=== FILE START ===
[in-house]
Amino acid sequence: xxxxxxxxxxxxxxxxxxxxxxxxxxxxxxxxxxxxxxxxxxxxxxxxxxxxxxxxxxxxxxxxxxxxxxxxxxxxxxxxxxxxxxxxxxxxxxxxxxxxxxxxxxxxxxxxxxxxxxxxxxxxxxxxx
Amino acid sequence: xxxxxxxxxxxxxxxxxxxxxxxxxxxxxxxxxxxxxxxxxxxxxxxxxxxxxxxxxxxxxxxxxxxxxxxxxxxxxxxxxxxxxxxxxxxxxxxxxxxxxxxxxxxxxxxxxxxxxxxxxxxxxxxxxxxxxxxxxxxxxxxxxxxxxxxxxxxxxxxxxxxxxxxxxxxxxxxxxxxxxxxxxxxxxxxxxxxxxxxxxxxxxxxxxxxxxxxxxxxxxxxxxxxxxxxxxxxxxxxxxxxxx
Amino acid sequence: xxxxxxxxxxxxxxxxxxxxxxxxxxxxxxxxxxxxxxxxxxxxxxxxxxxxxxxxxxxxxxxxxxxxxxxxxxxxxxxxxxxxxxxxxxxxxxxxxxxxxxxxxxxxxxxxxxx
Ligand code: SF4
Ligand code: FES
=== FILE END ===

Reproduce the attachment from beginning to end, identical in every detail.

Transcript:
[in-house]
Amino acid sequence: xxxxxxxxxxxxxxxxxxxxxxxxxxxxxxxxxxxxxxxxxxxxxxxxxxxxxxxxxxxxxxxxxxxxxxxxxxxxxxxxxxxxxxxxxxxxxxxxxxxxxxxxxxxxxxxxxxxxxxxxxxxxxxxxx
Amino acid sequence: xxxxxxxxxxxxxxxxxxxxxxxxxxxxxxxxxxxxxxxxxxxxxxxxxxxxxxxxxxxxxxxxxxxxxxxxxxxxxxxxxxxxxxxxxxxxxxxxxxxxxxxxxxxxxxxxxxxxxxxxxxxxxxxxxxxxxxxxxxxxxxxxxxxxxxxxxxxxxxxxxxxxxxxxxxxxxxxxxxxxxxxxxxxxxxxxxxxxxxxxxxxxxxxxxxxxxxxxxxxxxxxxxxxxxxxxxxxxxxxxxxxxx
Amino acid sequence: xxxxxxxxxxxxxxxxxxxxxxxxxxxxxxxxxxxxxxxxxxxxxxxxxxxxxxxxxxxxxxxxxxxxxxxxxxxxxxxxxxxxxxxxxxxxxxxxxxxxxxxxxxxxxxxxxxx
Ligand code: SF4
Ligand code: FES